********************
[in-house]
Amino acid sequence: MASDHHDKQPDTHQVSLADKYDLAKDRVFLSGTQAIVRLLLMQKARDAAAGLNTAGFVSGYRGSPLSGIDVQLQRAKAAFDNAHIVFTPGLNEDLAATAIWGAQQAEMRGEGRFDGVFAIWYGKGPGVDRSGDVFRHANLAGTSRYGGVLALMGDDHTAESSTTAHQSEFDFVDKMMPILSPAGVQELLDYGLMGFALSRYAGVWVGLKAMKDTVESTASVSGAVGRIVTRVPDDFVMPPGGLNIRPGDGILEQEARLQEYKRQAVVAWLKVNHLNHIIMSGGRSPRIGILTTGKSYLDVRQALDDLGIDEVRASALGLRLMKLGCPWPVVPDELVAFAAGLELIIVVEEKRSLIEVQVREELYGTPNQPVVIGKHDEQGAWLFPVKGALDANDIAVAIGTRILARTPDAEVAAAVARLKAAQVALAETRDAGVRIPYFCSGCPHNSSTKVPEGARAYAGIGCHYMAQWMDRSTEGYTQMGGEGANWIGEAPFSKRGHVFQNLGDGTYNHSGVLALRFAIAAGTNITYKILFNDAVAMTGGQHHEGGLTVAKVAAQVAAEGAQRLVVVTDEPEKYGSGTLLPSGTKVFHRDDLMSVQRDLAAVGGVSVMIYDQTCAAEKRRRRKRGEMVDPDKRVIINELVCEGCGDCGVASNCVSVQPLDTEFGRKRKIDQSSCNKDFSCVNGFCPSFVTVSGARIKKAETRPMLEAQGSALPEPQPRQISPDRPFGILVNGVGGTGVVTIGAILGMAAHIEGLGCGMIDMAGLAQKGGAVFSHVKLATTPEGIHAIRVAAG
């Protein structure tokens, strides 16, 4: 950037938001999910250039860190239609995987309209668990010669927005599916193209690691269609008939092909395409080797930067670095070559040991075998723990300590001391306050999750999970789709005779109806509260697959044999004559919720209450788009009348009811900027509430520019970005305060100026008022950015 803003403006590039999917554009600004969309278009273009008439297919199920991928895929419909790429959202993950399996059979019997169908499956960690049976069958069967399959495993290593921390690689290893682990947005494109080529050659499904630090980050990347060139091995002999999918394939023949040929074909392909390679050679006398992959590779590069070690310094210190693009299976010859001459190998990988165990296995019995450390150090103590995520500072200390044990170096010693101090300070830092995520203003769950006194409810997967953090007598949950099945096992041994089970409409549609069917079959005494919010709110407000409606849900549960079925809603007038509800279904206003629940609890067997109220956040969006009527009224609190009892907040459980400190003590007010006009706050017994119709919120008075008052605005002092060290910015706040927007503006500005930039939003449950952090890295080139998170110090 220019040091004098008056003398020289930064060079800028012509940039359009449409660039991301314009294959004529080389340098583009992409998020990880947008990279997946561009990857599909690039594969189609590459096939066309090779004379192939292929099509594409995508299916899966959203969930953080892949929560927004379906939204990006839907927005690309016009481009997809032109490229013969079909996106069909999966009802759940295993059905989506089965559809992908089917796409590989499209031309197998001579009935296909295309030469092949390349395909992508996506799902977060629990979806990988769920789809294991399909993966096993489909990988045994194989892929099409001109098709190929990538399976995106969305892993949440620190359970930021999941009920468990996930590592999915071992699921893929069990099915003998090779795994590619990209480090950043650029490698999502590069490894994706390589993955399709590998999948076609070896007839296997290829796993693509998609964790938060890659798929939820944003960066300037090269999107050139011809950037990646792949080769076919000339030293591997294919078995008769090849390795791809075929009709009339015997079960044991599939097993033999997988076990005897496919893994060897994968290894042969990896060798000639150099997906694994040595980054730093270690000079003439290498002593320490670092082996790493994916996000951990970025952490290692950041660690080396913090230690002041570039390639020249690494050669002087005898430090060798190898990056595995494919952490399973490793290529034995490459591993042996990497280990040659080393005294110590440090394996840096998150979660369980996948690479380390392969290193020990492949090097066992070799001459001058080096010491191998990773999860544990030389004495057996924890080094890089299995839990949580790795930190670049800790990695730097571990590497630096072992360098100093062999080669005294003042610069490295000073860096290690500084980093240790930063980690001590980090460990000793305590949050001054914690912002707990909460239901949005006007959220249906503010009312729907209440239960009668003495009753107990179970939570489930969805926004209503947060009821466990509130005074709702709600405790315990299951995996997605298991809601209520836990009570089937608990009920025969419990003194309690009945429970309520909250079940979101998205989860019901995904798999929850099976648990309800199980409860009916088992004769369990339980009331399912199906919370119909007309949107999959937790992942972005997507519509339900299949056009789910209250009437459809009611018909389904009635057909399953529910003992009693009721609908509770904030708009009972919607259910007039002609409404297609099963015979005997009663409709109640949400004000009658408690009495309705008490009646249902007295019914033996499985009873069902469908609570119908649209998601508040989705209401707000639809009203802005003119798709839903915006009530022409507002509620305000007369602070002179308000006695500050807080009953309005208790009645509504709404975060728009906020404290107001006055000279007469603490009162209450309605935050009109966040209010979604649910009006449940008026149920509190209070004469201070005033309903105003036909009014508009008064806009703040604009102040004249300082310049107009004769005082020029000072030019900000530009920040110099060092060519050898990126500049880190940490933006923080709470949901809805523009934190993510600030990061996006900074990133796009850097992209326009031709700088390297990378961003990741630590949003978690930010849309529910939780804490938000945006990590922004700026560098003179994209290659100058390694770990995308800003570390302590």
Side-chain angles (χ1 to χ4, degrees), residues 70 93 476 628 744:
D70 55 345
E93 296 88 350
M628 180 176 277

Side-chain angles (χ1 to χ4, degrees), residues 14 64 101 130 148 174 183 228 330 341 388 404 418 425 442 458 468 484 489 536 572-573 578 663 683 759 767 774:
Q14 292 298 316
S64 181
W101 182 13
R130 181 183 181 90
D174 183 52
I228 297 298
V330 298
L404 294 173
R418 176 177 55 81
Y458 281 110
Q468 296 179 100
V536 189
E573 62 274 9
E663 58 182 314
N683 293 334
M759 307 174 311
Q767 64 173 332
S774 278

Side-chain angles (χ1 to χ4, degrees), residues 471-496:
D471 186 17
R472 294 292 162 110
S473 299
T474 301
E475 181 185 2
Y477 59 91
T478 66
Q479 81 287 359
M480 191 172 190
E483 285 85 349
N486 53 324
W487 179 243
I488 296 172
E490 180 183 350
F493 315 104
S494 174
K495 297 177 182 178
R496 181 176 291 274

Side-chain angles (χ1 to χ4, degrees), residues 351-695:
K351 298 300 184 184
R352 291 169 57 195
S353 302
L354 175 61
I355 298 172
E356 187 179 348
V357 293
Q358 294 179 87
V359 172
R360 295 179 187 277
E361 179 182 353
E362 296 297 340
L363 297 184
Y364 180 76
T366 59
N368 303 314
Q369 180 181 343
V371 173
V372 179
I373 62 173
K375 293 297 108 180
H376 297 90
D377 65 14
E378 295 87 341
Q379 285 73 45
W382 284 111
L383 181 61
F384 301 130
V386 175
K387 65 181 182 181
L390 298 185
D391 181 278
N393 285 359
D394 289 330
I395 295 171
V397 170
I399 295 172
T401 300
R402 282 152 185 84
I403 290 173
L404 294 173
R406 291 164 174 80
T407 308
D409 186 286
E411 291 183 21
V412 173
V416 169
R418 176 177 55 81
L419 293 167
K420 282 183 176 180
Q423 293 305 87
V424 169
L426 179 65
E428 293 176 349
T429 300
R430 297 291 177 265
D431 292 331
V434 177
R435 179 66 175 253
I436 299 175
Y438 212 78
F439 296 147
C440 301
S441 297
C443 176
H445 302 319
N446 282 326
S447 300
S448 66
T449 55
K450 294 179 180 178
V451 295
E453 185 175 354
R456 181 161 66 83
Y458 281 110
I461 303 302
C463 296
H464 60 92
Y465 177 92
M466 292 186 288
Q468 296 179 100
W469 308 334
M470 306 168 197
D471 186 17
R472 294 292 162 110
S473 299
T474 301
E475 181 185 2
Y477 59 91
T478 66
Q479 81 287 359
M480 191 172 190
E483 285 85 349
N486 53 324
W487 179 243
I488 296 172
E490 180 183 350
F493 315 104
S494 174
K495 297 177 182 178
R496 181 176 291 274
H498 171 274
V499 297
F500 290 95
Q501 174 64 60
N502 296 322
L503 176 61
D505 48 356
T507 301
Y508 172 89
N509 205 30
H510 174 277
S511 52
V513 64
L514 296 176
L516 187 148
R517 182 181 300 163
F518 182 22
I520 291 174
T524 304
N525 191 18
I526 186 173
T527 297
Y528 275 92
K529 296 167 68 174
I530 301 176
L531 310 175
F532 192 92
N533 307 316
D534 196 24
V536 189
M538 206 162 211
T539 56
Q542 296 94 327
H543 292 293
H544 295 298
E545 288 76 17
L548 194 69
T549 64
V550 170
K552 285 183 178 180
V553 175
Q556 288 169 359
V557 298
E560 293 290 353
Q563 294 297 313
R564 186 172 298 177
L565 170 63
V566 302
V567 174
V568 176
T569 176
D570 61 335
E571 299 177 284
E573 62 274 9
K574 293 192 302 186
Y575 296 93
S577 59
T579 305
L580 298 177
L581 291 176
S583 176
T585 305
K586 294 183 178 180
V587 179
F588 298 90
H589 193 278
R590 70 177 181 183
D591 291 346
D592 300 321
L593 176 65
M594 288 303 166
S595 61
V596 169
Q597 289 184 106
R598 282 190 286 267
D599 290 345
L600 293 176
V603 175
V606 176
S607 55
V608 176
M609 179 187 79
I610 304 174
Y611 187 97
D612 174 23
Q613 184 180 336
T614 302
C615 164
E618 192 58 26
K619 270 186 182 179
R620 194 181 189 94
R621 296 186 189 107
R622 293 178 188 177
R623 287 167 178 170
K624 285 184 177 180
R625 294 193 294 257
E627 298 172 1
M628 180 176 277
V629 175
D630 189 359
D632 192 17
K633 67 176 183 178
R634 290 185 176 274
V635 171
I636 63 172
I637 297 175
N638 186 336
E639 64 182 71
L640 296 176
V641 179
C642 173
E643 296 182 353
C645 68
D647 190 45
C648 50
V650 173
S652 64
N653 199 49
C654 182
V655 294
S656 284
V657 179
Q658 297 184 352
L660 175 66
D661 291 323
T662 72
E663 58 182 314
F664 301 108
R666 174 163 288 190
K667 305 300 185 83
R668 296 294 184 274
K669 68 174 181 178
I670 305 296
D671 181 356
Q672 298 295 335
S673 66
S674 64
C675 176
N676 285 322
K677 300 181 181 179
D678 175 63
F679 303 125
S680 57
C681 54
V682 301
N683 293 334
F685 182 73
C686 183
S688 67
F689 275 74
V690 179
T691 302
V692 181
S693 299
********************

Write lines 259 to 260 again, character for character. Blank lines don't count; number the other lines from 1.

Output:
E643 296 182 353
C645 68